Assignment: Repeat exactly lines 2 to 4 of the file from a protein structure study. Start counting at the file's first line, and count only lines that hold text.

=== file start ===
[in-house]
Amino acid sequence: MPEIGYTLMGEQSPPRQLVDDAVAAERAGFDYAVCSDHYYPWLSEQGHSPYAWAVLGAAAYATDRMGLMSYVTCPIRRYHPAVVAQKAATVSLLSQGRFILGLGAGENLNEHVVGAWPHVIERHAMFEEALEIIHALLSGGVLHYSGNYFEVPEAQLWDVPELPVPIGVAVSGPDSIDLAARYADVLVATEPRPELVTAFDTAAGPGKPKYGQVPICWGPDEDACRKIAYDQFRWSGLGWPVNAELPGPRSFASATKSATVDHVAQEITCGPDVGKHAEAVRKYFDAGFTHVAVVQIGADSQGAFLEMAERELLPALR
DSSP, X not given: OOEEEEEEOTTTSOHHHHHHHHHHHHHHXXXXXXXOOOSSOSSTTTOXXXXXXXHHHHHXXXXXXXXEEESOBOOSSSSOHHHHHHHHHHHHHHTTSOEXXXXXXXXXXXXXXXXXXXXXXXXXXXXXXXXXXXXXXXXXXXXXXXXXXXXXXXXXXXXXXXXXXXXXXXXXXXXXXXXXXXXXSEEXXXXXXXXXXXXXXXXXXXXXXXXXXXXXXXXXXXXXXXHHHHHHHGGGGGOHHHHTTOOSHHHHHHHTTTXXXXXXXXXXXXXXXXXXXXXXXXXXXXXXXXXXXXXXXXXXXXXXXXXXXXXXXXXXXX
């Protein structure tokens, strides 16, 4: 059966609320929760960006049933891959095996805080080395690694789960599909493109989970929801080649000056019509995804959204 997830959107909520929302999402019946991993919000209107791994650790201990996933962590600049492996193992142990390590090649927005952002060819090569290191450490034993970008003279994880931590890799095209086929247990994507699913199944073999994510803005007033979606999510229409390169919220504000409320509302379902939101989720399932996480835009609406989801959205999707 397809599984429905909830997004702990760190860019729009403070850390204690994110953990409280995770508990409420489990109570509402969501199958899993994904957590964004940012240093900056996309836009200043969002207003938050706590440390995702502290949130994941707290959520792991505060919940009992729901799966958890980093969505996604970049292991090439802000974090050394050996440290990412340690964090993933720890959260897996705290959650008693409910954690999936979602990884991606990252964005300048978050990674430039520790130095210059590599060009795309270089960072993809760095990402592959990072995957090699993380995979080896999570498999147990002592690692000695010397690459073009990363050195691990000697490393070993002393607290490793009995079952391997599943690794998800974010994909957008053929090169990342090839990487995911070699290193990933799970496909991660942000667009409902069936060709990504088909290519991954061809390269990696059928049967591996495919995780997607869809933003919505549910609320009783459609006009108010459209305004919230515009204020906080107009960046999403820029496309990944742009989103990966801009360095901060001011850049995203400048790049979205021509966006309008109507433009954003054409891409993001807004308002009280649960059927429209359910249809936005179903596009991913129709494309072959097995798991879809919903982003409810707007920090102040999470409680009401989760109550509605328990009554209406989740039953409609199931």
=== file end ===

Amino acid sequence: MPEIGYTLMGEQSPPRQLVDDAVAAERAGFDYAVCSDHYYPWLSEQGHSPYAWAVLGAAAYATDRMGLMSYVTCPIRRYHPAVVAQKAATVSLLSQGRFILGLGAGENLNEHVVGAWPHVIERHAMFEEALEIIHALLSGGVLHYSGNYFEVPEAQLWDVPELPVPIGVAVSGPDSIDLAARYADVLVATEPRPELVTAFDTAAGPGKPKYGQVPICWGPDEDACRKIAYDQFRWSGLGWPVNAELPGPRSFASATKSATVDHVAQEITCGPDVGKHAEAVRKYFDAGFTHVAVVQIGADSQGAFLEMAERELLPALR
DSSP, X not given: OOEEEEEEOTTTSOHHHHHHHHHHHHHHXXXXXXXOOOSSOSSTTTOXXXXXXXHHHHHXXXXXXXXEEESOBOOSSSSOHHHHHHHHHHHHHHTTSOEXXXXXXXXXXXXXXXXXXXXXXXXXXXXXXXXXXXXXXXXXXXXXXXXXXXXXXXXXXXXXXXXXXXXXXXXXXXXXXXXXXXXXSEEXXXXXXXXXXXXXXXXXXXXXXXXXXXXXXXXXXXXXXXHHHHHHHGGGGGOHHHHTTOOSHHHHHHHTTTXXXXXXXXXXXXXXXXXXXXXXXXXXXXXXXXXXXXXXXXXXXXXXXXXXXXXXXXXXXX
């Protein structure tokens, strides 16, 4: 059966609320929760960006049933891959095996805080080395690694789960599909493109989970929801080649000056019509995804959204 997830959107909520929302999402019946991993919000209107791994650790201990996933962590600049492996193992142990390590090649927005952002060819090569290191450490034993970008003279994880931590890799095209086929247990994507699913199944073999994510803005007033979606999510229409390169919220504000409320509302379902939101989720399932996480835009609406989801959205999707 397809599984429905909830997004702990760190860019729009403070850390204690994110953990409280995770508990409420489990109570509402969501199958899993994904957590964004940012240093900056996309836009200043969002207003938050706590440390995702502290949130994941707290959520792991505060919940009992729901799966958890980093969505996604970049292991090439802000974090050394050996440290990412340690964090993933720890959260897996705290959650008693409910954690999936979602990884991606990252964005300048978050990674430039520790130095210059590599060009795309270089960072993809760095990402592959990072995957090699993380995979080896999570498999147990002592690692000695010397690459073009990363050195691990000697490393070993002393607290490793009995079952391997599943690794998800974010994909957008053929090169990342090839990487995911070699290193990933799970496909991660942000667009409902069936060709990504088909290519991954061809390269990696059928049967591996495919995780997607869809933003919505549910609320009783459609006009108010459209305004919230515009204020906080107009960046999403820029496309990944742009989103990966801009360095901060001011850049995203400048790049979205021509966006309008109507433009954003054409891409993001807004308002009280649960059927429209359910249809936005179903596009991913129709494309072959097995798991879809919903982003409810707007920090102040999470409680009401989760109550509605328990009554209406989740039953409609199931």